Managing Expectations Of BIM Product Quality: A ‘lemon Market’ Theory View
Free (open access)
253 - 264
C. Merschbrock, C. Nordahl-Rolfsen
There is an increasing uptake of Building Information Modelling (BIM) in the architecture, engineering, and construction industry. At the same time, it is evident that many firms struggle to work based on the new technology and that only few highly IT-literate firms succeed in reaping BIM’s benefits. Thus, for many firms, BIM systems adoption ends in disillusion as to what can be achieved by using the technology. What complicates matters is that BIM’s are only found dysfunctional after having been in organizational use. Thus, BIM’s value for an organization is hard to distinguish before purchase. This article proposes, based on Akerlof’s (1970) theory of the “lemon market”, a conceptual model explicating factors affecting buyers’ initial quality expectations in BIM software purchase. Our findings are derived from data on a construction project executed by a Norwegian timber-frame construction company having heavily invested in computer numerical controlled (CNC) production machinery and BIM systems. This work is important to manage organizational expectations related to the initial adoption of BIM. Moreover, it highlights that construction firms’ trust in vendors claimed product quality, IT-literacy, and experience matter when purchasing BIM software. Taken together, our results suggest that quality uncertainty related to BIM purchase can lead companies into financial turmoil. Especially small and medium sized contractors appear to be exposed to information asymmetry when purchasing BIM software.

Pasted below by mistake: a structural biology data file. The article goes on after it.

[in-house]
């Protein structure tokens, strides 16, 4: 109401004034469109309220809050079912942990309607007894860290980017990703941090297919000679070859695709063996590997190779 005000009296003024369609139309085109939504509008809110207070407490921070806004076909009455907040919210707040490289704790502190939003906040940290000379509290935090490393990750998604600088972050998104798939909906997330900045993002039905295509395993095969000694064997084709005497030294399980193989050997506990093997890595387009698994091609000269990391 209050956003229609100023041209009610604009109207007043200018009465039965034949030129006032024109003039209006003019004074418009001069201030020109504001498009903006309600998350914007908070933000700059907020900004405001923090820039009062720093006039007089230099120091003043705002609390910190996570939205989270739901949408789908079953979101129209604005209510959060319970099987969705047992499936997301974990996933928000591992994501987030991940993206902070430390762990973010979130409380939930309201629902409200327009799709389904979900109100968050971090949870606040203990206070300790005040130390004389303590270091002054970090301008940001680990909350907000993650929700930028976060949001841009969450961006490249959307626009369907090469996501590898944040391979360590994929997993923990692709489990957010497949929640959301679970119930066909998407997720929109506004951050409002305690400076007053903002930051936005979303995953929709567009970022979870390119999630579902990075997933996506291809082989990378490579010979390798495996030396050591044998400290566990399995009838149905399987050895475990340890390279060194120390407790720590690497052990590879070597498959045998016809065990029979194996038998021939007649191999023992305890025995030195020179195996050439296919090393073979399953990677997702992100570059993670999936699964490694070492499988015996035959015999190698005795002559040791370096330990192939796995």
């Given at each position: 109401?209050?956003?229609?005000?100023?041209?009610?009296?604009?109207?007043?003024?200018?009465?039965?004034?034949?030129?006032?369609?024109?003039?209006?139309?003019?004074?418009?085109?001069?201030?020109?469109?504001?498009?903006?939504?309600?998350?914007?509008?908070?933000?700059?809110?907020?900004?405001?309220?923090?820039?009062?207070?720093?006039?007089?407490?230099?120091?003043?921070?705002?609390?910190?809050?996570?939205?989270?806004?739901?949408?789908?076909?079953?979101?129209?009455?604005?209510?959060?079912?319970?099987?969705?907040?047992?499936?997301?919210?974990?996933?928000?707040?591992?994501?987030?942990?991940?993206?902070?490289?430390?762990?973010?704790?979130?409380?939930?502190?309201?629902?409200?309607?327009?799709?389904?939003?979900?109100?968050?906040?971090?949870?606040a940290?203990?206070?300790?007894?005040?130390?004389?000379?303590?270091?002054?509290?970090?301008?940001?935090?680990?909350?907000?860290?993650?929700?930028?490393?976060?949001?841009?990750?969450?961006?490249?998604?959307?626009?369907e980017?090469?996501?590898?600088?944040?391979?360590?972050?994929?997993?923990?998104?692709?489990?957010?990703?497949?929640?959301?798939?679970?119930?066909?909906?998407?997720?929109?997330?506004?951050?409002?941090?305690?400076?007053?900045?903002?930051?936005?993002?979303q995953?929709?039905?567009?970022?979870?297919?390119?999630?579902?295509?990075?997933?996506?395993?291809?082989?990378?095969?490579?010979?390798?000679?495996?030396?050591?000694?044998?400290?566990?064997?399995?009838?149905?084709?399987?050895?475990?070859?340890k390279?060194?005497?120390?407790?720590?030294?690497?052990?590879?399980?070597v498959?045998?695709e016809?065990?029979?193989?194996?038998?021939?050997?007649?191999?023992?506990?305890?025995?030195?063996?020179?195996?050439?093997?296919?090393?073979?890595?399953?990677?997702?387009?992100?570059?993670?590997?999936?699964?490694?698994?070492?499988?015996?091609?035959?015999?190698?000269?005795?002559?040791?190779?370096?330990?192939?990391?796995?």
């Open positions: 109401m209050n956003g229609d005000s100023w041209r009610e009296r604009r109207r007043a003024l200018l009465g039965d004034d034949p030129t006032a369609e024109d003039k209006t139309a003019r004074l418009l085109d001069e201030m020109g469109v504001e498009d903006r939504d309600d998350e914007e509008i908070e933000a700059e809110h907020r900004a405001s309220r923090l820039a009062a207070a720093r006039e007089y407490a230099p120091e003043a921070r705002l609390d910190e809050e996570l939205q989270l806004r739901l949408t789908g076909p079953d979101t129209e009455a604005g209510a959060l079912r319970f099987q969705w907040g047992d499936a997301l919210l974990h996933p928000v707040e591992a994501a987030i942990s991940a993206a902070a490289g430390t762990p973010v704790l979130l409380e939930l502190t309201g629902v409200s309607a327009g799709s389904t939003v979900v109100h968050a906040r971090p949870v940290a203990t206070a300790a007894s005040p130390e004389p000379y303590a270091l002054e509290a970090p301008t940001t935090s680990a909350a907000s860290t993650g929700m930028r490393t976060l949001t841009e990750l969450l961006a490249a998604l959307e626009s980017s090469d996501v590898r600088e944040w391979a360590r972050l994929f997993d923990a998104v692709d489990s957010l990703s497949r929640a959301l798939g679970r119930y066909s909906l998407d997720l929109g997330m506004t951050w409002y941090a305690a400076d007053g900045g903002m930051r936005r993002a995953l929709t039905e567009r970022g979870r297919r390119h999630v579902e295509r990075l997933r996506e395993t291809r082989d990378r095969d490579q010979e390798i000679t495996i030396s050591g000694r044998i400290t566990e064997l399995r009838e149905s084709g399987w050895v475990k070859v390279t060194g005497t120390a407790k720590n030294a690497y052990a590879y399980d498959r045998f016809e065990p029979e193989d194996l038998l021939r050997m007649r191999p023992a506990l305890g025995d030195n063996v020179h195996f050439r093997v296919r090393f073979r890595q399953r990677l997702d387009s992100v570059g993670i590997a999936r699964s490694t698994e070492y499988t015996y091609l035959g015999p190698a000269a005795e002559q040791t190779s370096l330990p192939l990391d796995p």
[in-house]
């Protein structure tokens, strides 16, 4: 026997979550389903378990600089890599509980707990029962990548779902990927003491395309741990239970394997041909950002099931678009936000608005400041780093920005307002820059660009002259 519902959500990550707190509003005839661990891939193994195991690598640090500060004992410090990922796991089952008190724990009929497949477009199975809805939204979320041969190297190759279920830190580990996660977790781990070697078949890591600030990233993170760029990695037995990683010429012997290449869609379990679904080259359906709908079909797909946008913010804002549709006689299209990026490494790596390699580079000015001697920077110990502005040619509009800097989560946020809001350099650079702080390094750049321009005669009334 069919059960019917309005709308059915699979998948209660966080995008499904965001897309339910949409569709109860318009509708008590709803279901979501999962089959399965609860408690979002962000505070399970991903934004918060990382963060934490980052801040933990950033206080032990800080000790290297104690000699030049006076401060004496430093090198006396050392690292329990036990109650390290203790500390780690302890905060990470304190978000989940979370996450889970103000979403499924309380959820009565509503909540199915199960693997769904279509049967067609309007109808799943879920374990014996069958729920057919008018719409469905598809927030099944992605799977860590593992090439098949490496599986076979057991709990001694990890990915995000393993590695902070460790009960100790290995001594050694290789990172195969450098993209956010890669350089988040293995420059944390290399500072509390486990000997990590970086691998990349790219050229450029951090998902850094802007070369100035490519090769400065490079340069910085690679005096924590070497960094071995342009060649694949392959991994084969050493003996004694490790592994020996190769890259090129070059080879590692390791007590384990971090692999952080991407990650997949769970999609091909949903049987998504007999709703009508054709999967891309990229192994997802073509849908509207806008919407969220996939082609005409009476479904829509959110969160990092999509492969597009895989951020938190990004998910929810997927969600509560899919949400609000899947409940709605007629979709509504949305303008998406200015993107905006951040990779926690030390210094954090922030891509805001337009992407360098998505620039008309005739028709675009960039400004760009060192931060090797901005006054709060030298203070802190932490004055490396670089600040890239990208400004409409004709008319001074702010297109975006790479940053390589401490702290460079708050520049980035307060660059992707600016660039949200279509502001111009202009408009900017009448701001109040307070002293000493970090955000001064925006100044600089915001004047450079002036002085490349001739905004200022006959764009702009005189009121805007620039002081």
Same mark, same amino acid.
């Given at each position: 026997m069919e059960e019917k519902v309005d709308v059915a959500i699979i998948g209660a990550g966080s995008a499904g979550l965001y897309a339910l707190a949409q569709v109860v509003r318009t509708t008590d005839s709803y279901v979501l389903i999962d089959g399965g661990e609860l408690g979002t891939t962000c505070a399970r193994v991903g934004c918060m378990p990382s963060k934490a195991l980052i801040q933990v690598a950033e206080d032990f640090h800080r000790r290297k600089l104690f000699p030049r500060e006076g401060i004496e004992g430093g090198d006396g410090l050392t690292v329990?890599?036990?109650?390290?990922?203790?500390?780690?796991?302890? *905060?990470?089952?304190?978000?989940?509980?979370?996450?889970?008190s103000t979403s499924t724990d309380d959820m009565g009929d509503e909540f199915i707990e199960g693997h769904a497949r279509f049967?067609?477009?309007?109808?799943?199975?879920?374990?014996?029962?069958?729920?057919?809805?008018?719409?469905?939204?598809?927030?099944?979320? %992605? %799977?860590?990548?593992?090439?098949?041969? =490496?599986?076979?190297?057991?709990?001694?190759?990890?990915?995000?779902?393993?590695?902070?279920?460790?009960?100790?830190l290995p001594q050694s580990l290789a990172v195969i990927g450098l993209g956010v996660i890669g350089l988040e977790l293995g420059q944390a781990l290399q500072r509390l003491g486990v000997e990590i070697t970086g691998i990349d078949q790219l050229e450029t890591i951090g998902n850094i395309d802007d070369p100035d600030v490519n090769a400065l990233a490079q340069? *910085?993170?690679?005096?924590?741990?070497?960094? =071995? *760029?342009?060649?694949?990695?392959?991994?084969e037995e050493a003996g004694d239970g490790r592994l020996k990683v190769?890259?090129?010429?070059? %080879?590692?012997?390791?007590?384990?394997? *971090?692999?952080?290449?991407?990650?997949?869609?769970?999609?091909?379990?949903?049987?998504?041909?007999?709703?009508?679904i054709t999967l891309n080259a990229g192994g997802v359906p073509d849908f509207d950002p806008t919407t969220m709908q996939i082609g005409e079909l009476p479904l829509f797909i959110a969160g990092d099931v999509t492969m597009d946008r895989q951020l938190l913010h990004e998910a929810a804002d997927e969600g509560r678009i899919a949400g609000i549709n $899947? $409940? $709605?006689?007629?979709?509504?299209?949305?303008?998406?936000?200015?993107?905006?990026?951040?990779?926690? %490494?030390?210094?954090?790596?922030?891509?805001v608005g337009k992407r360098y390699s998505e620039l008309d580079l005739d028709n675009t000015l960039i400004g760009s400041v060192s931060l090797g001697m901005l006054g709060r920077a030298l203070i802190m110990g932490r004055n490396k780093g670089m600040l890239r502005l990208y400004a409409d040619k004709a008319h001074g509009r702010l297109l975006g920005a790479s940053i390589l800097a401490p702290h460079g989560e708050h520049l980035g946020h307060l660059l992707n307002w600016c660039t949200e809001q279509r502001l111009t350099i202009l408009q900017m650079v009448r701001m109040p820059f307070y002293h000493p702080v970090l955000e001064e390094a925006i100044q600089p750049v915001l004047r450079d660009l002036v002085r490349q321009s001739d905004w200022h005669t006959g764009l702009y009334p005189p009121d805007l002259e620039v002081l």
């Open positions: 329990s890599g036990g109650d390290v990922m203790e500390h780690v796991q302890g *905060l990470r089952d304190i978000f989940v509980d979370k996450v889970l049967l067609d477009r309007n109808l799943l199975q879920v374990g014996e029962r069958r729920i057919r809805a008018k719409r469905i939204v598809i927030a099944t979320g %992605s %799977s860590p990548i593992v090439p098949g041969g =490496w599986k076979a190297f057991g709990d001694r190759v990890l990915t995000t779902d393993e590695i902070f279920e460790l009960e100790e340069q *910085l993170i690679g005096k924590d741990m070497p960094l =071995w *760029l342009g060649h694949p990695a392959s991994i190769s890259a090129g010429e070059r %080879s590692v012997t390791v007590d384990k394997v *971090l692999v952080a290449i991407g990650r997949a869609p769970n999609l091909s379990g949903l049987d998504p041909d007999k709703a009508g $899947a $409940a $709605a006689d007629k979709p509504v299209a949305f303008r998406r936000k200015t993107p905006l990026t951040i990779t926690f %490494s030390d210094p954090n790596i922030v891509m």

decision making, lemon market theory, BIM, software purchase, information asymmetry